Khanyisa is an orphaned albino elephant calf that had been found trapped in a snare with severe injuries, in January 2020. The wounds indicated that she had been trying desperately to free herself for a few days. She had severe lacerations around the back of her ears and neck that stretched around her mouth and cheeks. There was no sign of her herd anywhere.
She was first taken into the care of the team at Care for Wild Rhino Sanctuary in Mpumalanga, where their veterinary team attended to the calf’s wounds as our elephant care departed from HERD to assist. Adine Roode (founder of HERD) applied for the necessary permits to transfer her from Mpumalanga to Limpopo ahead of joining them for the transfer to HERD.
From the beginning, she settled in quickly at HERD, with Lammie, our loyal resident companion sheep. Feeding her was more complicated than usual due to her mouth injuries, but the team managed to find the correct angles for feeding her successfully, without too much discomfort.
Our elephant care team, under the guidance of our trusted Wildlife veterinarian Dr. Peter Rogers, worked tirelessly for three months to ensure her wounds were treated and healed successfully.
Over time, she became familiar with the Jabulani HERD in the HERD Homestead next door, receiving a lot of emotional support from her future family.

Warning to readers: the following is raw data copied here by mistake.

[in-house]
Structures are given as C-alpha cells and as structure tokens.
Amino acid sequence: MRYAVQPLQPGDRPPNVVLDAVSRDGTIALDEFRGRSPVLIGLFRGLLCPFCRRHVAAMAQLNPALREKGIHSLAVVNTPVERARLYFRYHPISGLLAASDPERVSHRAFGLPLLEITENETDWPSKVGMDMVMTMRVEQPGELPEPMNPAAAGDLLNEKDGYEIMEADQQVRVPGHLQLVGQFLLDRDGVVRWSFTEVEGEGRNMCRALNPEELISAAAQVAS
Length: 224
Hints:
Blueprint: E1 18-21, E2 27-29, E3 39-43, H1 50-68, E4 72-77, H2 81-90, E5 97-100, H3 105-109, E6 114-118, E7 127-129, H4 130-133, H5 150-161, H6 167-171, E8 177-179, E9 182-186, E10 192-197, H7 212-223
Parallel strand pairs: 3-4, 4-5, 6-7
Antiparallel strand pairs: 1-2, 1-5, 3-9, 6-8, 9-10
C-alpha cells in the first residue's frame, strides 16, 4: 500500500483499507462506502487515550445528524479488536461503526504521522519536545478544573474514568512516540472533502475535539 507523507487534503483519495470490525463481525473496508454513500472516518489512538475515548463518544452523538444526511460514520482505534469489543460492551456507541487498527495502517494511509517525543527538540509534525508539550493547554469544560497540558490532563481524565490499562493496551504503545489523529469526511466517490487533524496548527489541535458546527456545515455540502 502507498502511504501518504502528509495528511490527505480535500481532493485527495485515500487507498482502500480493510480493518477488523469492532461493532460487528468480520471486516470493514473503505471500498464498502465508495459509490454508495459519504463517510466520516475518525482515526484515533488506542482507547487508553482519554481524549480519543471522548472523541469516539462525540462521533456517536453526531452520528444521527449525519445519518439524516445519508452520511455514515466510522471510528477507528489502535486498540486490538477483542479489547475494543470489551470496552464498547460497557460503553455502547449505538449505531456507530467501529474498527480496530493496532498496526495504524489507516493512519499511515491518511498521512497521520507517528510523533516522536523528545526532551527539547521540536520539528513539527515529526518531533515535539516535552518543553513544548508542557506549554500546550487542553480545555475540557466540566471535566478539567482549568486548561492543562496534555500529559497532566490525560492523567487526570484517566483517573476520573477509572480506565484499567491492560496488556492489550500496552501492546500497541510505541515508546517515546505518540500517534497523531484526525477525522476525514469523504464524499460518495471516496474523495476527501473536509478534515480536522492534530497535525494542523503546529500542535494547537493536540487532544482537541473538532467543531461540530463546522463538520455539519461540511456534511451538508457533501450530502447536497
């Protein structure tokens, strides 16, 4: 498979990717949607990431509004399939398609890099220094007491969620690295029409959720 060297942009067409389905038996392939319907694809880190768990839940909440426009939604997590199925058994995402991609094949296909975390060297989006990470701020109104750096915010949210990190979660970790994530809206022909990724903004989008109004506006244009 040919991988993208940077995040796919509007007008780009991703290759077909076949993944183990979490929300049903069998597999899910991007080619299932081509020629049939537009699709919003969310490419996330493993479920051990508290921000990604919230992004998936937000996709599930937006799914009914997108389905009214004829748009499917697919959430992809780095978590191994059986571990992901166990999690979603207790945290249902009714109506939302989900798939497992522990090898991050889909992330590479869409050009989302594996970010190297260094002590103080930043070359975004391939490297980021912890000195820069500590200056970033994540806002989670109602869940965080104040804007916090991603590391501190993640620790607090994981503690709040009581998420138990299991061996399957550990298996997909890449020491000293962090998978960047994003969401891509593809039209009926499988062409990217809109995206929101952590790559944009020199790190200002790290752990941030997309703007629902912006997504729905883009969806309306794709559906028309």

At the end of April, once her wounds had fully healed, the gradual integration process with the herd began, starting with Jabulani, then Lundi, her became her adoptive mother and eventually the entire herd, who were introduced strategically based on the social dynamics of their family.
Khanyisa has gone from strength to strength, her wounds have healed beautifully, and her bonds with the herd have deepened naturally. She spends sunrise to sunset out in the wild of the reserve with the herd, and returns to the orphanage overnight, as she will remain dependant on milk formula from our carers until she is fully weaned at approximately four years old.
Khanyisa gets her name from her unique appearance as an albino, meaning “Light” or “Sunshine” in the local Shona language. Adine and the team also loved that it rhymed with Timisa, another orphan previously taken in by the Jabulani herd in 2016.
As an albino, Khanyisa is more visible in the bush, especially when she has no sand or mud on her body – and thus susceptible to attacks by predators. It also means that she is more sensitive to light and can suffer health problems associated with genetic mutations. Fortunately, she is in the care of her new herd and our team now, to try to help her overcome these obstacles she is faced with.
Khanyisa continues to be a ray of light to us and many of her loyal followers around the world since coming into our care at HERD, on 7 January 2020, as a four-month-old calf.